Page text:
Earlier this year, New York magazine ran an article headlined “How to Read 31 Books in Four Minutes.”
Far more abridged than even Cliff Notes, the article included just a handful of ideas from each self-help book.
Maybe the universe will collapse in on itself if I further summarize an already very brief synopsis of some of the books they chose, but I’ll risk it. But seriously, read the whole thing — where else can you get this cross-section of ideas this quickly?
How to Make People Like You in 90 Seconds or Less By Nicholas Boothman
• Find moments during a conversation to say “Me, too” or to otherwise establish common interests.
• The next time you’re talking to someone, synchronize your body language with the other person for 30 seconds.
59 Seconds: Change Your Life in Under a Minute By Richard Wiseman
• If you’re male, arrange to have a female friend accompany you on a night out to purposely laugh at your jokes.
• To be more creative at meetings, lean forward, grip the table, and pull against it. When your creativity is blocked, cross your arms.
The Power of Habit: Why We Do What We Do in Life and Business By Charles Duhigg
• Make your bed every morning; other good habits may take hold.
• To start a new habit, pick a specific cue and a clear reward.
Mastery By Robert Greene
• Embrace tedium.
• Mastery is not genius; it is a function of concentration and time.
The 4-Hour Workweek By Timothy Ferriss
• To avoid wasting time, check email twice a day: first at noon, and again at 4 p.m., the two busiest times for binging on email.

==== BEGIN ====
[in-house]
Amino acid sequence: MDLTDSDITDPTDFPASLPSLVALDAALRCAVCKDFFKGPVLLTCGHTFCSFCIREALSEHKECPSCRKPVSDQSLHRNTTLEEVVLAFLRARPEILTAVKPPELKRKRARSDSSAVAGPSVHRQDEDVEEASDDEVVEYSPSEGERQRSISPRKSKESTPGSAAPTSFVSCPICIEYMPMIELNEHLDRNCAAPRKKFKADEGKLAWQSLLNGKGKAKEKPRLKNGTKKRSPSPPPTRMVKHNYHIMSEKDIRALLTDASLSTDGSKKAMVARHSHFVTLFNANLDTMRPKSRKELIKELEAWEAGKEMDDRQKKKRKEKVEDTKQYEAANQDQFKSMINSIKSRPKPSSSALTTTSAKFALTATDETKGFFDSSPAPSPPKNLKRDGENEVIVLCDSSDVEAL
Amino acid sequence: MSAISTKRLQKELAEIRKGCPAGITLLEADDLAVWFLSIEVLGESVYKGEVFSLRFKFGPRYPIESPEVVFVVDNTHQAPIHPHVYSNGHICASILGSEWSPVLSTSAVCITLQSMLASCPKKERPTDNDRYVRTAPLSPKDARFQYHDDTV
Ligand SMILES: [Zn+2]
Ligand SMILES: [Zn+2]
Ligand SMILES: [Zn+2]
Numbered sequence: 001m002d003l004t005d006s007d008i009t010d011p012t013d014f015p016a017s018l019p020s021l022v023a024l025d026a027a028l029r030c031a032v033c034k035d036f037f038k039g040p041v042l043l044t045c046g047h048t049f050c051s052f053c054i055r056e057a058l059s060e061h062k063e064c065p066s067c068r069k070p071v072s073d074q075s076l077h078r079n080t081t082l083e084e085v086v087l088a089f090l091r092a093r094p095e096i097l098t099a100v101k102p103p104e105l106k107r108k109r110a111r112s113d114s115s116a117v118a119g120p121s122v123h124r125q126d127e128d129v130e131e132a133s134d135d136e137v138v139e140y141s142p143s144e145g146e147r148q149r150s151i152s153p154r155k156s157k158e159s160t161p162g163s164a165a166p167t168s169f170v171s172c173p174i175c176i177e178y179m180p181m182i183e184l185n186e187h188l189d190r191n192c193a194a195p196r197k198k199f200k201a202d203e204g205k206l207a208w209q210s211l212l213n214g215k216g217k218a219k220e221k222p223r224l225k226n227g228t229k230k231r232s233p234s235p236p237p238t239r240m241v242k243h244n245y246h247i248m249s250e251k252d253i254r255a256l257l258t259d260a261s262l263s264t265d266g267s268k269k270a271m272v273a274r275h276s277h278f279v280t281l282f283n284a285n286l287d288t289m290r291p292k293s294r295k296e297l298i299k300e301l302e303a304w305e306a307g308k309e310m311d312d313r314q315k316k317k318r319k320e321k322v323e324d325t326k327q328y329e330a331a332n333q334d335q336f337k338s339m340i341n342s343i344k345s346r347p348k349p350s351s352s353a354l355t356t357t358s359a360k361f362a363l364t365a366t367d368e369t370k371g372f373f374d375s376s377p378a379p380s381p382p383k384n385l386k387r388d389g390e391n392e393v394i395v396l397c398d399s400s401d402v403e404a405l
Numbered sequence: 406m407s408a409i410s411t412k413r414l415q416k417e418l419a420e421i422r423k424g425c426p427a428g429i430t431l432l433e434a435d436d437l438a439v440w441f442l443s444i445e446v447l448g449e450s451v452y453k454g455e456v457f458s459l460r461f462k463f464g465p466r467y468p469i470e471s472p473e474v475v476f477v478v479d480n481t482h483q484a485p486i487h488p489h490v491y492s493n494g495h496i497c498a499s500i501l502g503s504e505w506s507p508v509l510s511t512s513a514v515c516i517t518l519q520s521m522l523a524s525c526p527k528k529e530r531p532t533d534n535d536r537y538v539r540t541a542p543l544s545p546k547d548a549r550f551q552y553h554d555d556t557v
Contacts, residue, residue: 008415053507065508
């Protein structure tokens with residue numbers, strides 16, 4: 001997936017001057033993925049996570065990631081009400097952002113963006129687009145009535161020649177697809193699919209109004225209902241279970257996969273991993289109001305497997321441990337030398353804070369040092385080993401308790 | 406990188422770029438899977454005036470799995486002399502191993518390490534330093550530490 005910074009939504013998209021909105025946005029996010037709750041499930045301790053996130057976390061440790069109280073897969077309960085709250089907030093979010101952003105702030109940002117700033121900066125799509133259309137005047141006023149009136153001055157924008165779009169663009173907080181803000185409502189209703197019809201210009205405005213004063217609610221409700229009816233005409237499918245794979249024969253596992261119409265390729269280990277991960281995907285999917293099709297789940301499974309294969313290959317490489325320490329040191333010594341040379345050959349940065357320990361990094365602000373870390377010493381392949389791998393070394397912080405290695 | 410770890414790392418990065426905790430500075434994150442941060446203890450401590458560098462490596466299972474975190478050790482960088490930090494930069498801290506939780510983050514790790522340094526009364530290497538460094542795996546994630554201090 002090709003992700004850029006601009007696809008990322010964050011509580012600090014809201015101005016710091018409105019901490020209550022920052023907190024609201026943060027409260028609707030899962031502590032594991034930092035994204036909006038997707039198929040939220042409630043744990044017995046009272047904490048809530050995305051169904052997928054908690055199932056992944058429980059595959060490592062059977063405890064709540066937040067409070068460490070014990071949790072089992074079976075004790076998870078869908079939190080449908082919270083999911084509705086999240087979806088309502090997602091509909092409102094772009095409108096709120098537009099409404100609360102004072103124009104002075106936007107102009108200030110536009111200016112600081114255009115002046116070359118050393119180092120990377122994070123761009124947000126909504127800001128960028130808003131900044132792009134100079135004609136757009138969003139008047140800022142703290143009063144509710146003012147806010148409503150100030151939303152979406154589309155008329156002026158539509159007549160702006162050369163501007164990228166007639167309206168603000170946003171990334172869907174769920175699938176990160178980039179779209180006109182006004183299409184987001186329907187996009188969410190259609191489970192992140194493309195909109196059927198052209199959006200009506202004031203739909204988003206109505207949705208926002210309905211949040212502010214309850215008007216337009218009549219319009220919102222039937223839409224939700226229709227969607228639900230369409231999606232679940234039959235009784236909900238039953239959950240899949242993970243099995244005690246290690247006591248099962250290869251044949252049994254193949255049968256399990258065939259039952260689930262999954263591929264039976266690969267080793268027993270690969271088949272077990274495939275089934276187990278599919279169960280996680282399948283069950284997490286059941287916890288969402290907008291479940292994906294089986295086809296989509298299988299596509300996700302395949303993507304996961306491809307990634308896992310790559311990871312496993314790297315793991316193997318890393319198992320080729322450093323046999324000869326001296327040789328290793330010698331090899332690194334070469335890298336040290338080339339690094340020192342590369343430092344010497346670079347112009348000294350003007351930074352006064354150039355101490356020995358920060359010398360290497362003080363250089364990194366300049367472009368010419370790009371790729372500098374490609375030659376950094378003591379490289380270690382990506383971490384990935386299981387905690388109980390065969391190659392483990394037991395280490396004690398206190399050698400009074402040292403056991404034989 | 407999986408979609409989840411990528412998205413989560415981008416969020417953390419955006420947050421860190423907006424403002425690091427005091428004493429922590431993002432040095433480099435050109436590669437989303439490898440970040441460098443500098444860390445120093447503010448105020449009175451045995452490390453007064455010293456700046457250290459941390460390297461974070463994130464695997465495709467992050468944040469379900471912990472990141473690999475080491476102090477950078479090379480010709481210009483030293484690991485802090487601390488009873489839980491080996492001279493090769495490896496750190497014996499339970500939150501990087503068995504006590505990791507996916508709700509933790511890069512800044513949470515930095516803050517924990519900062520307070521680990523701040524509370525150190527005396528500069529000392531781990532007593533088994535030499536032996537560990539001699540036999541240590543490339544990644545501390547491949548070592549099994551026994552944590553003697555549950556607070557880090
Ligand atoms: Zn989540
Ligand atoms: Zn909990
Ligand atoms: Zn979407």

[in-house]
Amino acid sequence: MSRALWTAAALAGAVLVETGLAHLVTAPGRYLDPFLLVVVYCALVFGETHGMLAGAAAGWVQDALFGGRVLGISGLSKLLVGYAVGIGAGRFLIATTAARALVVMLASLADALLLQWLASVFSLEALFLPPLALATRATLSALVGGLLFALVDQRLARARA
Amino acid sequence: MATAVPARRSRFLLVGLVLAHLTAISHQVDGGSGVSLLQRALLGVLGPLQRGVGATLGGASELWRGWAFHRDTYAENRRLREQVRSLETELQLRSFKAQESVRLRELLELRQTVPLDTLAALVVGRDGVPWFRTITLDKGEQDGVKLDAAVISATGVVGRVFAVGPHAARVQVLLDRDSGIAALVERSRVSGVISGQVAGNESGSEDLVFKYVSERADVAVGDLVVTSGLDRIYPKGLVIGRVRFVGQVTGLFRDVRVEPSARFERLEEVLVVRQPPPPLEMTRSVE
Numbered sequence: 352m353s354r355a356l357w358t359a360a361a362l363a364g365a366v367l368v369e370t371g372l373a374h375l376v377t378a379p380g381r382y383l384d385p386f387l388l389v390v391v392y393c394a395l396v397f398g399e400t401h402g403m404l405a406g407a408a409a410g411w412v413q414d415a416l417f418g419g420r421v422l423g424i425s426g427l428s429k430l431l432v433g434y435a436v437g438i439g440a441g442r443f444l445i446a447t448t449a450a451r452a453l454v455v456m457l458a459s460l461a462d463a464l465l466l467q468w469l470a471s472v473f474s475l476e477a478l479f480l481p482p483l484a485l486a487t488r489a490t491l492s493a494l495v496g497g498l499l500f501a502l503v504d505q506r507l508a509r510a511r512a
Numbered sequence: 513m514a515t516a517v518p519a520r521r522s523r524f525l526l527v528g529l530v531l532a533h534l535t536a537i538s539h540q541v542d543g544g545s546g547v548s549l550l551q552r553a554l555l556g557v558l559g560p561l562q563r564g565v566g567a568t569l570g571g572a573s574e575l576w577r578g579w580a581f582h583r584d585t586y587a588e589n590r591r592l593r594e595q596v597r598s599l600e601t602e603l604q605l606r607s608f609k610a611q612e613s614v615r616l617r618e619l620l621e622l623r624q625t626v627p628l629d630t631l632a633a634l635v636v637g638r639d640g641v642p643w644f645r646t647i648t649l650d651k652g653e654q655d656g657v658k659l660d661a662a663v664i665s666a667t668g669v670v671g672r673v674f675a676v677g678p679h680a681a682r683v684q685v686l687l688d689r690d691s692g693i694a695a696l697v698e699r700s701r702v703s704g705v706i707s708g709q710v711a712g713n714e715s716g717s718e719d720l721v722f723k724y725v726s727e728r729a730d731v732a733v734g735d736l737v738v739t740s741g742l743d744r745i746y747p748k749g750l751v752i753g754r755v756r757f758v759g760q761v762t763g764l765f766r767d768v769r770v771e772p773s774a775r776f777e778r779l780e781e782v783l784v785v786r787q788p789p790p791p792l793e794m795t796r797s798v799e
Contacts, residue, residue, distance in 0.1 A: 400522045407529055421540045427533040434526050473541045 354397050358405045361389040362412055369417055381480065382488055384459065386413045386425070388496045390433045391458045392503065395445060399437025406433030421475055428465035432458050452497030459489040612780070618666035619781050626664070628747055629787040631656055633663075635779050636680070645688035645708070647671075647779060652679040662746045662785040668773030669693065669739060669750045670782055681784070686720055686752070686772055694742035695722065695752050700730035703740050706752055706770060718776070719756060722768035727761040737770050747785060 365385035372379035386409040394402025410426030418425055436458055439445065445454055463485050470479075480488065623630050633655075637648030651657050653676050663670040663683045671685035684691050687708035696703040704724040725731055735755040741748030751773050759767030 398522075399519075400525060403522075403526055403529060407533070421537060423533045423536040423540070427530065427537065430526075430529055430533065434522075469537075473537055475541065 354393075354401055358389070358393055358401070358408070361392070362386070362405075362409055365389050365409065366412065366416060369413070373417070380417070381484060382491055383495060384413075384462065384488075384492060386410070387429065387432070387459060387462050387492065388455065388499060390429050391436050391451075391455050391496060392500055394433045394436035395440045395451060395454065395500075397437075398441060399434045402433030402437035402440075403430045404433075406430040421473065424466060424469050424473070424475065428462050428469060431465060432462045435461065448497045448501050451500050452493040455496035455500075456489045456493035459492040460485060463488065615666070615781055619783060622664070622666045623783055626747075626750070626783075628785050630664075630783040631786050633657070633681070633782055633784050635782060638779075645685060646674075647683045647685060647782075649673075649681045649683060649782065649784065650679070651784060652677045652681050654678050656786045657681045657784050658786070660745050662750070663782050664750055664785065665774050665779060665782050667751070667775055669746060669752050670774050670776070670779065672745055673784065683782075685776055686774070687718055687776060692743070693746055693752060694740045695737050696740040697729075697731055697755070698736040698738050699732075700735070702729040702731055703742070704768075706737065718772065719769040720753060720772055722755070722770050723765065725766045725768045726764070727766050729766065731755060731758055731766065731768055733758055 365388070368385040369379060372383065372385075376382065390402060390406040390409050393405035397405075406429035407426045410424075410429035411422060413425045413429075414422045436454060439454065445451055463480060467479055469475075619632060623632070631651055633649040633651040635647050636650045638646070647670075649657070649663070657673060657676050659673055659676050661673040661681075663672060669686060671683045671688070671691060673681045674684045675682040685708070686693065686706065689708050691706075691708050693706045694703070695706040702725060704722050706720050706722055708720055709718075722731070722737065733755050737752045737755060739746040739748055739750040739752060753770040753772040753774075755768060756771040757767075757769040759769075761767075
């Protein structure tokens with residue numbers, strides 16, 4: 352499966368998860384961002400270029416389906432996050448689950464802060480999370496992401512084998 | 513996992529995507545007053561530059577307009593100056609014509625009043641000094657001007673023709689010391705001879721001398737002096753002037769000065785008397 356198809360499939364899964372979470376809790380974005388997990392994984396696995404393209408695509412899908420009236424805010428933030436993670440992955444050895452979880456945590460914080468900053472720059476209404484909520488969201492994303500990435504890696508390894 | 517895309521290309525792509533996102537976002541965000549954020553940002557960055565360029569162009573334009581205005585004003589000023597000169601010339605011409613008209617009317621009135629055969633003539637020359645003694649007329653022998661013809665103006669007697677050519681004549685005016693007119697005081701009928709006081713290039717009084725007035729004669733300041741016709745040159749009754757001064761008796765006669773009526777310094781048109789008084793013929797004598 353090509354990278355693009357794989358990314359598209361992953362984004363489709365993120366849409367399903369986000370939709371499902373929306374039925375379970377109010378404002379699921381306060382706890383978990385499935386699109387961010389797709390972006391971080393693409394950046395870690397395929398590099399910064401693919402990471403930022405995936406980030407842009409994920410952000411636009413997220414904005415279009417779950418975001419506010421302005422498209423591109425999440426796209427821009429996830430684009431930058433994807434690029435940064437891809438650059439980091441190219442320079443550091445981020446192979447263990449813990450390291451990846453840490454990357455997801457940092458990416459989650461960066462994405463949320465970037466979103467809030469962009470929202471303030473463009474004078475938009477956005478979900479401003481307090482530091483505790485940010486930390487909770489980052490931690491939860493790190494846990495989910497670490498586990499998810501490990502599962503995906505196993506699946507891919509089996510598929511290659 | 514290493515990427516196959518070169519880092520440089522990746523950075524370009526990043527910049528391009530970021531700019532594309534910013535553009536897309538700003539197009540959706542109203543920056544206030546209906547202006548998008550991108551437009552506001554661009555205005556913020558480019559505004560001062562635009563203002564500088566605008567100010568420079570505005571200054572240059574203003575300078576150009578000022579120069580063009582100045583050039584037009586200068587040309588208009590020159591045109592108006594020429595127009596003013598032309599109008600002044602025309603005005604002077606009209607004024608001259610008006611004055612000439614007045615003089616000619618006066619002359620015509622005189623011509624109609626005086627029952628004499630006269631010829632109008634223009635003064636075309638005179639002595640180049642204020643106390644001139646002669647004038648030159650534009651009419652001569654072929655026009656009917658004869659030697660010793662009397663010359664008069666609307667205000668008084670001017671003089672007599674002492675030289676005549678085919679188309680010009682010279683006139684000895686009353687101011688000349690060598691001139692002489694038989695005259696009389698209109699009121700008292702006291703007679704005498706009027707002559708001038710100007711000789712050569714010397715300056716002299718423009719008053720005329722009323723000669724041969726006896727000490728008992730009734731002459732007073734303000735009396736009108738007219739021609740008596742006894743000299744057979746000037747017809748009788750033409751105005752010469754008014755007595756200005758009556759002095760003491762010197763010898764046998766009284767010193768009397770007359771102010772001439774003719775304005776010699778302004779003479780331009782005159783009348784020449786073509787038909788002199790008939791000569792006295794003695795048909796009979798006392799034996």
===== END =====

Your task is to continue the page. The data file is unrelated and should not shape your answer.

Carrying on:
• Instead of responding to voicemail by phone, go through email instead. This teaches you, and your contacts, to be concise.
Steal Like an Artist By Austin Kleon
• Start copying. Copy your favorite writer, musician, painter. You’ll get a better sense of how they think and create.
The Start-Up of You By Reid Hoffman and Ben Casnocha
• Create an “interesting-people fund.” Use it to pay for coffee or lunches with people you find interesting.
• Who are the 10 people you’d reach out to if you ever got laid off? Reach out to them now, when you don’t need anything from them.
Influence: The Psychology of Persuasion By Robert B. Cialdini, Ph.D.
• Prepare the ground for making a request of someone by doing him a small favor.
• Ask for more than you want; once you’re turned down, ask for what you want.
The Willpower Instinct: How Self-Control Works, Why It Matters, and What You Can Do to Get More of It By Kelly McGonigal, Ph.D.
• Exercise your willpower brain muscles by planting temptations throughout the house—hiding candy bars in plain sight, etc.—then don’t have them.
• Chart your willpower for a week. Then plan your schedule strategically and limit temptation when you know your willpower will be at a low.
How to Think More About Sex By Alain de Botton
• See bad dates the way you see bad weather. Natural parts of life that can’t be prevented or controlled.
• Reframe your view on impotence—not as a sign of inability, but instead as a sign of evolved compassion and kindness.
New York magazine is one of my favorite publications — we’ve pared down our hard-copy subscriptions to eliminate clutter and waste, but this one still makes the cut every year. Check out “How to Read 31 Books in Four Minutes” but also check out the rest of their site, if you’re at all interested in New York or popular culture.